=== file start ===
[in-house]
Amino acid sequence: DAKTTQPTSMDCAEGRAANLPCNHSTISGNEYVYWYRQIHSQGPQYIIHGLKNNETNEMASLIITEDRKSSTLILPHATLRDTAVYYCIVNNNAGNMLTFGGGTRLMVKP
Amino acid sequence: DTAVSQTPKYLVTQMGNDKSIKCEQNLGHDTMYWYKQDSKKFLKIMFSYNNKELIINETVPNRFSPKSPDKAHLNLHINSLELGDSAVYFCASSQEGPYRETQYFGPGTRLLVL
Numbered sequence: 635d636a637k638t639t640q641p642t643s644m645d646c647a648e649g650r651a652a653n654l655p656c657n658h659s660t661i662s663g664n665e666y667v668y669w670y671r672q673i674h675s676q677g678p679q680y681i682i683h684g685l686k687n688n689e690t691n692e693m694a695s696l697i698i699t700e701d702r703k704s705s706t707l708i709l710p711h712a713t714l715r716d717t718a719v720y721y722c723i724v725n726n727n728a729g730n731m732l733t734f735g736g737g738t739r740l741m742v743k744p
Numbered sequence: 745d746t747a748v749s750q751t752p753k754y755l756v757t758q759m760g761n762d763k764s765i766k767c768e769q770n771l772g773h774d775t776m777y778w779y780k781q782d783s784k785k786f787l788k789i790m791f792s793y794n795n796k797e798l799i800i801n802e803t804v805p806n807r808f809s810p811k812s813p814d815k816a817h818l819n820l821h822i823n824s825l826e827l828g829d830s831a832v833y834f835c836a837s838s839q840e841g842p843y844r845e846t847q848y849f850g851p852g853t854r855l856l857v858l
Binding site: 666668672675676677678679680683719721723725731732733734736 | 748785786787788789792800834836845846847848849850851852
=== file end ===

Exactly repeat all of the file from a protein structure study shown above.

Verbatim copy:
[in-house]
Amino acid sequence: DAKTTQPTSMDCAEGRAANLPCNHSTISGNEYVYWYRQIHSQGPQYIIHGLKNNETNEMASLIITEDRKSSTLILPHATLRDTAVYYCIVNNNAGNMLTFGGGTRLMVKP
Amino acid sequence: DTAVSQTPKYLVTQMGNDKSIKCEQNLGHDTMYWYKQDSKKFLKIMFSYNNKELIINETVPNRFSPKSPDKAHLNLHINSLELGDSAVYFCASSQEGPYRETQYFGPGTRLLVL
Numbered sequence: 635d636a637k638t639t640q641p642t643s644m645d646c647a648e649g650r651a652a653n654l655p656c657n658h659s660t661i662s663g664n665e666y667v668y669w670y671r672q673i674h675s676q677g678p679q680y681i682i683h684g685l686k687n688n689e690t691n692e693m694a695s696l697i698i699t700e701d702r703k704s705s706t707l708i709l710p711h712a713t714l715r716d717t718a719v720y721y722c723i724v725n726n727n728a729g730n731m732l733t734f735g736g737g738t739r740l741m742v743k744p
Numbered sequence: 745d746t747a748v749s750q751t752p753k754y755l756v757t758q759m760g761n762d763k764s765i766k767c768e769q770n771l772g773h774d775t776m777y778w779y780k781q782d783s784k785k786f787l788k789i790m791f792s793y794n795n796k797e798l799i800i801n802e803t804v805p806n807r808f809s810p811k812s813p814d815k816a817h818l819n820l821h822i823n824s825l826e827l828g829d830s831a832v833y834f835c836a837s838s839q840e841g842p843y844r845e846t847q848y849f850g851p852g853t854r855l856l857v858l
Binding site: 666668672675676677678679680683719721723725731732733734736 | 748785786787788789792800834836845846847848849850851852